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Anyone familiar with old Ford Tractors??

Discussion in 'The Lounge' started by Salmonid, Jul 11, 2005.

  1. Hey, thought I would run this past here just in case any farm boys are lurking.
    Im looking at buying a very used Ford 8N or 9N tractor (1949-1955) and will be looking at my first one tonight. I know nothing about them but know they are very common and are real work horses.

    Im really curious if anyone know "mechanically" what I should be looking for or asking about.
    The one in particular also has a 3 ft front end loader if anyone has any input on that piece of equipment.

    Thanks ahaead of time,
    Salmonid
     
  2. I would check the steering well, since there is a front loader on it. The extra weight on the front can due alot of wear and tear. If the steering feels loose or shakey I would keep looking. Out of curiosity what are you going to use the tractor for? There are alot of newer used tractors on the market at pretty good prices.

    Scott
     

  3. LakeRaider

    LakeRaider EEEEEK!

    If the tractor has been setting a while hopefully the owner stuck a piece of wood between the clutch pedal and the trans to keep the clutch disc off the pressure plate. They are notorious for seizing up (the motor-trans is the frame on these models if I remember correctley. Also these were very dangerous tractors to operate with muddy boots ( foot slips off the clutch and over she goes) pinning you to the ground ( or worse). Other than that they were extremley reliable. Look for one with a 3 point hitch also. Work great for moving boats around the yard. We had one (flathead) that smoked like crazy but always fired up. One other thing is the radiator, leaky old thangs! :) The 800 series are also pretty good. Raider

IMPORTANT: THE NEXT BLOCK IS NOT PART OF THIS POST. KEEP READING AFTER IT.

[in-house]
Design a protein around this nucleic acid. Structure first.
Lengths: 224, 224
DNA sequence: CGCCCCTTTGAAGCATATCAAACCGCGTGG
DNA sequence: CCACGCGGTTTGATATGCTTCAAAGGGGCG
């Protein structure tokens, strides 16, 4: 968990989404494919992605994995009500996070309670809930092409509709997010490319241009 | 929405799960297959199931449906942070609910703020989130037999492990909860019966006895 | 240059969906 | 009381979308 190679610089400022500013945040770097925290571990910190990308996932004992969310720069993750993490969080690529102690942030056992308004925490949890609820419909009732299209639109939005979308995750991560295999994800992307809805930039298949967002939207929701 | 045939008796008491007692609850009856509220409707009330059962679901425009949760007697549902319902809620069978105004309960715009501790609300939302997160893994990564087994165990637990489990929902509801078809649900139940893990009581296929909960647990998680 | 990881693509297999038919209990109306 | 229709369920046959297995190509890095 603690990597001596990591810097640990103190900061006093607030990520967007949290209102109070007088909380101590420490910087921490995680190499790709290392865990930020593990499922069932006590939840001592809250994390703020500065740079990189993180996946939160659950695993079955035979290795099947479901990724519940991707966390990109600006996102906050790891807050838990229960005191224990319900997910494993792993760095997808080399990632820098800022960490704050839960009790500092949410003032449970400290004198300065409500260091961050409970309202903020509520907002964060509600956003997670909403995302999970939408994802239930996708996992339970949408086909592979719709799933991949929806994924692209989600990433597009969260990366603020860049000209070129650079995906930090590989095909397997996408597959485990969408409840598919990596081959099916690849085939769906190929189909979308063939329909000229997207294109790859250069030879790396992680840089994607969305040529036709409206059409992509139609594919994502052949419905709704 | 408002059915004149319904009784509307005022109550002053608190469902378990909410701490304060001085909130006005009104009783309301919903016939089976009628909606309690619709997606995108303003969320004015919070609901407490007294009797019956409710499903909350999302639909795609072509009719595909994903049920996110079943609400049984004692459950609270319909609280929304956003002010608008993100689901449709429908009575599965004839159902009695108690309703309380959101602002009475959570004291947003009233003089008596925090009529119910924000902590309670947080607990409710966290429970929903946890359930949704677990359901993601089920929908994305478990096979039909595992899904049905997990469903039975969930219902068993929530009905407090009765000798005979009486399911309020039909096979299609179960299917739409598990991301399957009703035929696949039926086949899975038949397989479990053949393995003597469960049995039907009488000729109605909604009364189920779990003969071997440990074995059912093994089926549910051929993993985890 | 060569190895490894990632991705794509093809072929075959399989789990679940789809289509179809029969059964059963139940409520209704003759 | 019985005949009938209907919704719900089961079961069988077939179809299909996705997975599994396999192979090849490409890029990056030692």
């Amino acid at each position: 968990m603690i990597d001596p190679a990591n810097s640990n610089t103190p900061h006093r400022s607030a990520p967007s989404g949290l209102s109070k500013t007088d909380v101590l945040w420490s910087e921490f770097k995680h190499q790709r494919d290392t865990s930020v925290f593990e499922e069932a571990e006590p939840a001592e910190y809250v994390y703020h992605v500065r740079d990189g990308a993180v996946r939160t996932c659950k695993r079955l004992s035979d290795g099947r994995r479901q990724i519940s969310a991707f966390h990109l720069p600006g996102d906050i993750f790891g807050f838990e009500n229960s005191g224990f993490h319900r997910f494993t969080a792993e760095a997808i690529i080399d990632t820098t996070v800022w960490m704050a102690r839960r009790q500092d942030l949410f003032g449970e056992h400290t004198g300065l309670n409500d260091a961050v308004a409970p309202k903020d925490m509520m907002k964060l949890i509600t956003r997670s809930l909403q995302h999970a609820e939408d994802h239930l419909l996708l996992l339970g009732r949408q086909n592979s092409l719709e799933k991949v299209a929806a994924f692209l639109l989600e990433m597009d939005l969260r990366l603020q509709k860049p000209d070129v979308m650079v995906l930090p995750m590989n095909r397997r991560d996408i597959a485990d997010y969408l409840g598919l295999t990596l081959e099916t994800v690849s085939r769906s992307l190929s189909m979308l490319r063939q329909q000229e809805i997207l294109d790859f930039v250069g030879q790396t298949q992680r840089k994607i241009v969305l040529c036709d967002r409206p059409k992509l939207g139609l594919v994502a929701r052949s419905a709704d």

Last edited by a moderator: Apr 30, 2015
  4. I'm no farm boy but I do own a 1952 Ford 8N and love it. Here's a very good answer to your question, courtesy of http://home.att.net/~jmsmith45/


    Q: "What should I look for when buying a used 8N?"

    A: A lot depends on what you plan to do with the tractor. Obviously, if it is to be a work tractor only, some of the cosmetic and originality issues will not be nearly as important as if you were looking for a restoration project. Everyone looks at them differently. I'll try to cover the basic stuff. The 8N's didn't change a lot from '47 to '52 but there were some important changes. In late '49 the steering box was much improved over the early models. Loose steering was common on the early models and the early steering boxes are more difficult to rebuild satisfactorily. In mid '50 the distributor was moved to the side of the engine and access to the points at tune up time got a lot easier. The later models also had a Proofmeter (tach and hourmeter) which can be handy at times. The early 8N's are fine tractors, but the later models seem to be more desirable among buyers. This isn't usually reflected in price or value, but people do give it some weight in the decision to buy or not to buy a particular tractor.